Part of the fun of being SAIL’s new boat editor is that I’m always “shopping” for a new boat. And there’s no better way to get a feel for the next new thing in the new boat market than to spend a couple days walking the docks at a boat show. I just returned from the Strictly SAIL show in in Oakland, California, and was pleasantly surprised to see that even in our somewhat challenging economy, brand-new designs from brand-new manufacturers as well as new and improved models from established builders were on display. Here’s an introduction to all the new designs that debuted in Oakland. And be sure to check back for future posts. Video clips of my tours of these boats as well as my interviews with the designers and manufacturers that built these new models will be posted in the future.
Freedom Boatworks (not to be confused with Freedom Yachts) announced its presence in Oakland with three brand-new models.
This 21 foot pocket cruiser is designed to combine trailerability and extreme shoal draft capabilities (11 inch draft with the centerboard retracted) with good sailing ability and decent living space below. There are three sleeping berths, a small galley, and even a self-contained head. The accommodations plan even has oak woodwork.
Freedom Boatworks maximizes interior volume on the 25-foot F-250c with a “deck saloon” layout. Down below, the mahogany furniture, fully enclosed head, and ample sleeping berths will have you scratching you head as you try to reconcile such a large accommodations plan on such a small, trailerable, coastal cruising boat.
As you may have already guessed by looking at these photos, the “s” stands for sportboat. And this boat’s long retractable sprit, plumb bow, open transom, bright red paint job, and spacious cockpit, attracted as many performance sailors as Freedom’s cruising boats attracted trailersailers. The light and lean hull should combine with 650 square feet of sail area to provide some real get-up-and-go. But like all Freedoms, it’s also equipped with a retractable centerboard and kick up redder to make gunkholing and trailering a snap.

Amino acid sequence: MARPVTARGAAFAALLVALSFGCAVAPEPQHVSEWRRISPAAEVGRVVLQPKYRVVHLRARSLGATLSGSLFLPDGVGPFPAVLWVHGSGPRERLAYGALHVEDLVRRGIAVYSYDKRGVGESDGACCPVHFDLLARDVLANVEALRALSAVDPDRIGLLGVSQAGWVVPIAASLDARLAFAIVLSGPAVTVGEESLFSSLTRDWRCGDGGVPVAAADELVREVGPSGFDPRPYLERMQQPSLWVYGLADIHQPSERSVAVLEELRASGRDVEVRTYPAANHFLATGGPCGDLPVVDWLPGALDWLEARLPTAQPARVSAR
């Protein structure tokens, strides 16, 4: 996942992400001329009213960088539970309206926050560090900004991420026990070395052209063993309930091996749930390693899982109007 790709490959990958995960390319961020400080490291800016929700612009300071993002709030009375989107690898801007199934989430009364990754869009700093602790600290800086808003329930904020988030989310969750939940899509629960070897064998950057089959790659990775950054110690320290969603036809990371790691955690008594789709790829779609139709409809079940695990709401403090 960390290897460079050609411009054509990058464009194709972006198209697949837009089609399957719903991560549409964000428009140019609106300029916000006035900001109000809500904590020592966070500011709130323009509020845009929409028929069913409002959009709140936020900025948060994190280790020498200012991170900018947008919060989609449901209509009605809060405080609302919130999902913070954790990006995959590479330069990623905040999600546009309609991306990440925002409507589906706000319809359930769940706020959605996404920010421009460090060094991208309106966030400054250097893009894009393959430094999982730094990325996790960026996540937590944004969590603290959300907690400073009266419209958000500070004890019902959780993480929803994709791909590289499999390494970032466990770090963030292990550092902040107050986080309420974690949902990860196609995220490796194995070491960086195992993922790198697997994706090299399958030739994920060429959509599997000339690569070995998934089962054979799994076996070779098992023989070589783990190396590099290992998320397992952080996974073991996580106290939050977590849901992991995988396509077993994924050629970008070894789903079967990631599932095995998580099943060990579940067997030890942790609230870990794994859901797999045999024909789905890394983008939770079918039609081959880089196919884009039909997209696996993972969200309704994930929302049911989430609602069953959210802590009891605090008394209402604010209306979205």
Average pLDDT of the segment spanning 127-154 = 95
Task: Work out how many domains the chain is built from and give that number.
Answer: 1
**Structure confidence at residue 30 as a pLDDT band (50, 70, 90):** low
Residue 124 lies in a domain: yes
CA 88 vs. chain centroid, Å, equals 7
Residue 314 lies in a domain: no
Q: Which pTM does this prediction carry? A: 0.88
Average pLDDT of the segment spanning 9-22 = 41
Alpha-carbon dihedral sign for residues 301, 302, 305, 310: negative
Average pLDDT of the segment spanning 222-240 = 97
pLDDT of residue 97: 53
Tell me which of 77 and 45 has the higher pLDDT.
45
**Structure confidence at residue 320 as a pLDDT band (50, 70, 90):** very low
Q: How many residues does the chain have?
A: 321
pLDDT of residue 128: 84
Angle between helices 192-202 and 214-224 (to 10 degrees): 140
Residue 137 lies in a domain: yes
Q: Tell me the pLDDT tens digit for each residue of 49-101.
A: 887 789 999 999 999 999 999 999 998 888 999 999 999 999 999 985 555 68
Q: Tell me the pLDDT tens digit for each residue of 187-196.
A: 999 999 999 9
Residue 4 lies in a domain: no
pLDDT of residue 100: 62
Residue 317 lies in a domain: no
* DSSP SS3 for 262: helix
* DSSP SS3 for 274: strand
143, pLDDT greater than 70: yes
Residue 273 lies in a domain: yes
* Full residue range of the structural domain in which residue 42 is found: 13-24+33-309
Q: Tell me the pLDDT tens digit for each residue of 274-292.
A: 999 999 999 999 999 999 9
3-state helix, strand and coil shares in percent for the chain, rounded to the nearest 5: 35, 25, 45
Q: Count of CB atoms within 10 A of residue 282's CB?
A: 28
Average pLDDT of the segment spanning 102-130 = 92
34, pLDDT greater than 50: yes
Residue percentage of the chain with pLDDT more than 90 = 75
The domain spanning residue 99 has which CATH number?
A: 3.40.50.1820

Beneteau First 45
Here’s the first look of the ultra sexy First 45 from Beneteau. This boat made it’s US debut in Oakland, and it’s obvious that Beneteau knows the importance of good looks when launching a new model. The lines and deck layout are decidedly more racy than the more cruising oriented “Beneteau” line, but that doesn’t mean this is an all out racer. The accommodations plan combines edgy, modern styling with comfortable living spaces. I may take a little longer to get once since all these boats will be imported from France rather than being built in Beneteau’s Marion, South Carolina factory, but it should be worth the wait.
Jeanneau and Beneteau share the same parent company, but you’d never know it by comparing the new Jeanneau 45DS with the First 45–they couldn’t be more different. The 45DS that debuted in Oakland is all about maximizing interior volume in the most stylish way possible. Jeanneau’s entire line of cruising boats that seamlessly blend the openness and interior visibility of a deck saloon with the cockpit, have been a bona fide success and the 45 should surly build on that reputation.
German builder Hanse Yachts is coming on strong in this country in spite of less than favorable exchange rates. And it’s easy to see why. The 54-foot 540e is jammed with design and engineering ideas that simply make sense. Notice the enormous swim platform reveals an even bigger “garage” that is designed to accommodate storing a fully inflated, 10-foot long RIB. The anchor is stowed on a retractable bow roller. And the interior combines clever ideas with spacious living spaces and distinctive styling.
The new Tayana 54 was remarkable in the lines of show goers it created. During my two days of walking the docks, the 54’s cockpit was always jammed with prospective buyers and tire kickers alike. And it make sense. Bill Dixon didn’t reinvent the wheel with this design, but it does cut a nice profile and should be just the thing to take care of a crew offshore.